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Use of high-tech in security necessary

Author:gzstcj  From:CHINA DAILY Time:2019-03-02 Browse:  Size: Big Middle Small

Editor's Note: Some Western media recently criticized the Chinese government for the use of facial recognition technology and big data in the public security field. How should we treat this allegation? How can citizens' personal information be better protected? Two experts share their views on the issue with China Daily's Liu Jianna. Excerpts follow:

Strengthen legal system to protect personal data

According to the nonprofit organization GDI Foundation, SenseNets, a Chinese company in Shenzhen that focuses on facial recognition technology has exposed the personal information, including the ID card numbers, addresses and location in the preceding 24 hours of 2.5 million people, who are supposedly mostly Uygurs in the Xinjiang Uygur autonomous region.

It is unfair and arbitrary to heap criticism on the Chinese government and assume that it is conducting targeted surveillance on Uygurs with limited information at hand.

In this age of information and high mobility, traditional security methods and techniques should be updated to accord with the new security situation. Well employed and regulated, technology, including facial recognition and big data can play an important role in safeguarding public security. For instance, using facial recognition, police in Guiyang, Guizhou province, have traced and arrested many criminal suspects greatly improving the sense of security of local residents in the province.

China has employed high-tech in policing only to improve public security, just like the other police forces, such as that in the UK which are using facial recognition. As it significantly improves the efficiency of public management, the use of high-tech in policing is expected to be more widely adopted by countries in the future. The key of the matter is to prevent any abuse of data by means of detailed laws and strict law enforcement.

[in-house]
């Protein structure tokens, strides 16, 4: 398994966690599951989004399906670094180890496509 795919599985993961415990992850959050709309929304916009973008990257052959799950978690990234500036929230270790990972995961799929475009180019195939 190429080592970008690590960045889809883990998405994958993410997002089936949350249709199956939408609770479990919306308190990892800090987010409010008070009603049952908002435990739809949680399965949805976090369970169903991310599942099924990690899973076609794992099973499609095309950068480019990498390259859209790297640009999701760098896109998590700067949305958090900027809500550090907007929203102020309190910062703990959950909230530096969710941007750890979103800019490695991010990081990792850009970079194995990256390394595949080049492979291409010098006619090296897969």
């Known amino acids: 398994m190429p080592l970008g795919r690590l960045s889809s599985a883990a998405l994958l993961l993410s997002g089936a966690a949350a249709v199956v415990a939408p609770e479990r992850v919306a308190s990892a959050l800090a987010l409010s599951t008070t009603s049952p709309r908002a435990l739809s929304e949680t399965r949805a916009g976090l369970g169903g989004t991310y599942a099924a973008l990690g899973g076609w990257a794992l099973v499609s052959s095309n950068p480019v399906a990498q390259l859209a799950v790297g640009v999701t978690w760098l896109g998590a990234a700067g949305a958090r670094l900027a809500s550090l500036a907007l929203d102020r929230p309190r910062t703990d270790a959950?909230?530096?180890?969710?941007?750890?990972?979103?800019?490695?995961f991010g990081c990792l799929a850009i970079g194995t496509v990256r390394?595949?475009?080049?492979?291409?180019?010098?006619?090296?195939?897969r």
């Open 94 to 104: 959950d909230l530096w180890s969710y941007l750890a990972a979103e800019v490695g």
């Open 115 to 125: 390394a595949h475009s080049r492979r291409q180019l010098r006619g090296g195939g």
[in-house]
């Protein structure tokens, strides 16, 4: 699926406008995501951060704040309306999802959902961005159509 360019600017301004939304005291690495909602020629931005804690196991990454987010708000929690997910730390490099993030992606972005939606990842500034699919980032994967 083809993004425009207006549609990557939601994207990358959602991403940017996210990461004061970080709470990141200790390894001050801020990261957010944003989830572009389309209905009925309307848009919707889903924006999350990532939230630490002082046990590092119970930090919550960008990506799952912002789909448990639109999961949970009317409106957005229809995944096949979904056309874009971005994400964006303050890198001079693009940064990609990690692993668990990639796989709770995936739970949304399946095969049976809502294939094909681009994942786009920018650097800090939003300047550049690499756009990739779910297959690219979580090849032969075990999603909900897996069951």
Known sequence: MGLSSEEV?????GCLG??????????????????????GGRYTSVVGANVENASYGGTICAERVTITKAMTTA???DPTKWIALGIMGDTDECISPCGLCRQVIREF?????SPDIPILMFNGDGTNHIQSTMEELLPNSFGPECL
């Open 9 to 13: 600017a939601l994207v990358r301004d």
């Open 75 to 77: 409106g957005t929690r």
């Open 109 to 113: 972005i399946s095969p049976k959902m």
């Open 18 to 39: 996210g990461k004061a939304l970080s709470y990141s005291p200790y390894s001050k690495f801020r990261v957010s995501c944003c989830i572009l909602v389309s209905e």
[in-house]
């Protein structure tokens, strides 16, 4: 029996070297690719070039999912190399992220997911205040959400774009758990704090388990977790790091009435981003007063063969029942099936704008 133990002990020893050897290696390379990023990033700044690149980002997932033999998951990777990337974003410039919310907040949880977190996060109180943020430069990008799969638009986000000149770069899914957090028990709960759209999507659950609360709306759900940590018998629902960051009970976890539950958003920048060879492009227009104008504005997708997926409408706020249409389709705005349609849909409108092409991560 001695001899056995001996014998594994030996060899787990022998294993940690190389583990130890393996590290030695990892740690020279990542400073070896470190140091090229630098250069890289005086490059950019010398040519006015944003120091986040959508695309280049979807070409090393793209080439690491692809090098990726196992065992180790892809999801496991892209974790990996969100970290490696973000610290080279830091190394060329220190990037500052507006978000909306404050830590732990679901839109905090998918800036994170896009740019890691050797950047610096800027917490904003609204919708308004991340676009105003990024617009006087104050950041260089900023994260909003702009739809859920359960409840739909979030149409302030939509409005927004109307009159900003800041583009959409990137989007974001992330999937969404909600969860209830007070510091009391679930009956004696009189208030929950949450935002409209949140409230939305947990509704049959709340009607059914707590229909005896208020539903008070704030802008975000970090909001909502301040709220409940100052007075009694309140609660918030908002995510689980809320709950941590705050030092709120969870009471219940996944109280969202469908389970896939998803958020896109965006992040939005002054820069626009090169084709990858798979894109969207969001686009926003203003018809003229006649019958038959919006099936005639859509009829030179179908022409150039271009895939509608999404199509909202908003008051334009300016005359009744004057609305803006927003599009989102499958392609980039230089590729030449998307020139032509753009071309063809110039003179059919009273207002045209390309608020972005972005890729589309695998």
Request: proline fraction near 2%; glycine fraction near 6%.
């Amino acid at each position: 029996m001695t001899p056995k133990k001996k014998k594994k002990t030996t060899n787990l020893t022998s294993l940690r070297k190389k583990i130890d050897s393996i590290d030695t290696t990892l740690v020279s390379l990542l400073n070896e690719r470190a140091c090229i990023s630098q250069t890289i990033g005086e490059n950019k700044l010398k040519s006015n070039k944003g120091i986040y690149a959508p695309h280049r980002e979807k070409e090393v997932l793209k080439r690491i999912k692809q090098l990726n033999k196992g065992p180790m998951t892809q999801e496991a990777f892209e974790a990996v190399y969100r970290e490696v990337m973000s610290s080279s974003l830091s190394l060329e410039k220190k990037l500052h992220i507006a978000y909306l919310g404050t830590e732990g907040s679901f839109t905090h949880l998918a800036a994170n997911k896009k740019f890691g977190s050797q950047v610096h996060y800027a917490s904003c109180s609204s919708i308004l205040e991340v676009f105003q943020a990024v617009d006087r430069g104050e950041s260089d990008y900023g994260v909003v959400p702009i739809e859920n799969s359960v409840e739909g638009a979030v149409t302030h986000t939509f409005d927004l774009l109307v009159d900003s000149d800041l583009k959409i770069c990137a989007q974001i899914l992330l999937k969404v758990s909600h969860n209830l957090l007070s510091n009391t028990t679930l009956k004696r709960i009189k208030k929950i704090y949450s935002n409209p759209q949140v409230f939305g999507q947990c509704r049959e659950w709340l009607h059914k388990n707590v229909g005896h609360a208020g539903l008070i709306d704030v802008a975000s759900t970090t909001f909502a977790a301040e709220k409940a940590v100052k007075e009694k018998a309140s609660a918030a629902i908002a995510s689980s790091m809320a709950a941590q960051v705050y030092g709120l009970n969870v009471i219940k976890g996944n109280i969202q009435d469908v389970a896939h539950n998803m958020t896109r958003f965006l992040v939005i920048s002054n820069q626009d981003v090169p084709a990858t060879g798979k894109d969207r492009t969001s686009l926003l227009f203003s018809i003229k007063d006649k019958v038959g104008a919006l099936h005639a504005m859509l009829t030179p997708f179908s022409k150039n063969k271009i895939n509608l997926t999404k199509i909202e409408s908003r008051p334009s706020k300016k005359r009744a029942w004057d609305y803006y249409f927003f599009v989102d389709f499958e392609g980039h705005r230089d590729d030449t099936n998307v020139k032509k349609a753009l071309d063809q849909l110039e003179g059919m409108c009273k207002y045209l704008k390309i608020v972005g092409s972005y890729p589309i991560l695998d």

Use personal data correctly for security

In the field of personal data protection, the US introduced its so-called Patriot Act after the Sept 11 attacks in 2001. It enables the government to collect information on US citizens and foreign nationals who are suspected of crimes. Even the General Data Protection Regulation of the European Union allows personal data to be processed if there is a legal basis to do so.

Just like the US Federal Bureau of Investigation, Chinese intelligence departments and law enforcement agencies have databases, which are a significant tool in their efforts to safeguard public security and combat terrorist crimes. Neither the Chinese government, nor Chinese enterprises, have processed or accessed the databases in question for commercial use. The data that SenseNets collected and exposed supposedly due to technical failures or negligence may have been used to facilitate public administration.

In order to protect personal data and prevent any data abuses, China should formulate its own law on personal data protection, or optimize data protection rules.

China's personal data protection practice should stick to the following principles. First, personal privacy should not be infringed upon and any random collection of personal data by any organization is forbidden. Second, personal data that law enforcement agencies access should only be used for social management, not commercial use. Third, e-commerce enterprises should ask for consumers' consent if they should build a database and collect consumers' commercial data. Without permission from the customers, their commercial data should never be added to the database and listed as the company's own property.

The views don't necessarily represent those of China Daily.

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